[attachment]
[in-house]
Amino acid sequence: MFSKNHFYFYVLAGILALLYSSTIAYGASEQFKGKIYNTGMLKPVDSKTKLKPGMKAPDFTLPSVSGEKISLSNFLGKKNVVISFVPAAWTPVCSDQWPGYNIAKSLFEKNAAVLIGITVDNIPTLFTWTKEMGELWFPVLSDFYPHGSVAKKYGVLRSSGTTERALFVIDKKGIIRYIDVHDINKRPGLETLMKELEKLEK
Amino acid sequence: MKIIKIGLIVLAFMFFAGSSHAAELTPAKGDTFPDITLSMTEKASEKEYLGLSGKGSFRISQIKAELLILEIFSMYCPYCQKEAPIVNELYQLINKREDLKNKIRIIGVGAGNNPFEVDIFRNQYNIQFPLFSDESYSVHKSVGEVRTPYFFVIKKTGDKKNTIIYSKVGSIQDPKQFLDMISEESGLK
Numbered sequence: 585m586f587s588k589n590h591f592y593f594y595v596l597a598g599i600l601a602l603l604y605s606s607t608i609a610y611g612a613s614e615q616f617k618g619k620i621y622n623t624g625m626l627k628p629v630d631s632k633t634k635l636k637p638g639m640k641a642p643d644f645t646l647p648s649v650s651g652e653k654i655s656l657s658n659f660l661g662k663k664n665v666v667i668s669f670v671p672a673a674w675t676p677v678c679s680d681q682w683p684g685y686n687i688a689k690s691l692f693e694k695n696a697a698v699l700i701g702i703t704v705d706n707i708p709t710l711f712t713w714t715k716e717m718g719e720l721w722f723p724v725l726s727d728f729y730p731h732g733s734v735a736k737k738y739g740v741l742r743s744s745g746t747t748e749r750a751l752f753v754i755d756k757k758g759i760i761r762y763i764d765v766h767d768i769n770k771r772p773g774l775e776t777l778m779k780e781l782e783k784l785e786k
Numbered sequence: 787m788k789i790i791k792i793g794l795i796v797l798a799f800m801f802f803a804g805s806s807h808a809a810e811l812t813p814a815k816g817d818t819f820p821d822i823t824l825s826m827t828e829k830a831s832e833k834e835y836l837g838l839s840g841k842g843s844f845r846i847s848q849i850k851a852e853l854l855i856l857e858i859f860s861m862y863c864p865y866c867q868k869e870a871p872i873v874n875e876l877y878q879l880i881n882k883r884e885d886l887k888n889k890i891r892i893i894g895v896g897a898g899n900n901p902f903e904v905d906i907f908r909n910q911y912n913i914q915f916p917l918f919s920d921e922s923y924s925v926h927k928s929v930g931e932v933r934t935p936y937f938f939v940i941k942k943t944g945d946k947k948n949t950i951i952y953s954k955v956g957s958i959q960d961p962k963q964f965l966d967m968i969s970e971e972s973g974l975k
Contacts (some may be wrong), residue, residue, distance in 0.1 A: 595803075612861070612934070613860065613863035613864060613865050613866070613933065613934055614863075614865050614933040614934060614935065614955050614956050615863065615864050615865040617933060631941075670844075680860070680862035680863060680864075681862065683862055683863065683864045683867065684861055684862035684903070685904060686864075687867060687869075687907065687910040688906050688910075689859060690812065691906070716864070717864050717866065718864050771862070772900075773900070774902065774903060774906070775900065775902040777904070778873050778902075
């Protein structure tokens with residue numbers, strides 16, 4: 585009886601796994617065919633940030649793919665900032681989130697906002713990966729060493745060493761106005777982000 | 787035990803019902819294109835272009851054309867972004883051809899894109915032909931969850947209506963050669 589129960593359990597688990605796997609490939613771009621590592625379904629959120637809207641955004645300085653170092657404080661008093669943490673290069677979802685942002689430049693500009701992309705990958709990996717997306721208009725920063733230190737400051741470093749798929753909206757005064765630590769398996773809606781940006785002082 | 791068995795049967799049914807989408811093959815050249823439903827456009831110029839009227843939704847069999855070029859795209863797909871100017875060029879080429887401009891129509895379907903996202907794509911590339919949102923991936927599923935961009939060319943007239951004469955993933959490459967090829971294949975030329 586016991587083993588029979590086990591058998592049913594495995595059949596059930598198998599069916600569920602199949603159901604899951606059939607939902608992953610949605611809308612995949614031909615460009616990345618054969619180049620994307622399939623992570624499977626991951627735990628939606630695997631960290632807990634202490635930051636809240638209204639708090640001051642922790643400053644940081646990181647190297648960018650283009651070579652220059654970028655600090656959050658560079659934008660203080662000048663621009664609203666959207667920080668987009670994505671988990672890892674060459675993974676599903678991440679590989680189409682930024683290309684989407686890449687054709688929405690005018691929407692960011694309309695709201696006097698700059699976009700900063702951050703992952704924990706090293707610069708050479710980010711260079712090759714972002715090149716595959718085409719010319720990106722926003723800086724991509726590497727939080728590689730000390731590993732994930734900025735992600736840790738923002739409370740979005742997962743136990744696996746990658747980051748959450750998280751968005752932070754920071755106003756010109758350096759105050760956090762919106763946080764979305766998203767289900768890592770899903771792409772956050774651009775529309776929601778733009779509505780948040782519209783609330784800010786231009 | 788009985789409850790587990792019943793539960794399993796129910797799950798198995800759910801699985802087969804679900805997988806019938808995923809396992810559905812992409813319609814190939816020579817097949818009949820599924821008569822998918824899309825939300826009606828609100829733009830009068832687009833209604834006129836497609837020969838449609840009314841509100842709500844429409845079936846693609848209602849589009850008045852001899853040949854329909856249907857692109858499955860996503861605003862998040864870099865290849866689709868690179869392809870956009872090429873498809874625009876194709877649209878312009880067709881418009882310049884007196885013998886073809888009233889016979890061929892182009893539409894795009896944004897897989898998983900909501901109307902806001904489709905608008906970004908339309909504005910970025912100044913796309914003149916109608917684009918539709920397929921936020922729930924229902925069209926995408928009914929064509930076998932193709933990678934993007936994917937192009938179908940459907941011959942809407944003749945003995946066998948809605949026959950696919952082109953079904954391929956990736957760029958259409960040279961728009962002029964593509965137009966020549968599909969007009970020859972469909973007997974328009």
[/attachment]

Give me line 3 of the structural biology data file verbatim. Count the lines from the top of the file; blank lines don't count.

Amino acid sequence: MKIIKIGLIVLAFMFFAGSSHAAELTPAKGDTFPDITLSMTEKASEKEYLGLSGKGSFRISQIKAELLILEIFSMYCPYCQKEAPIVNELYQLINKREDLKNKIRIIGVGAGNNPFEVDIFRNQYNIQFPLFSDESYSVHKSVGEVRTPYFFVIKKTGDKKNTIIYSKVGSIQDPKQFLDMISEESGLK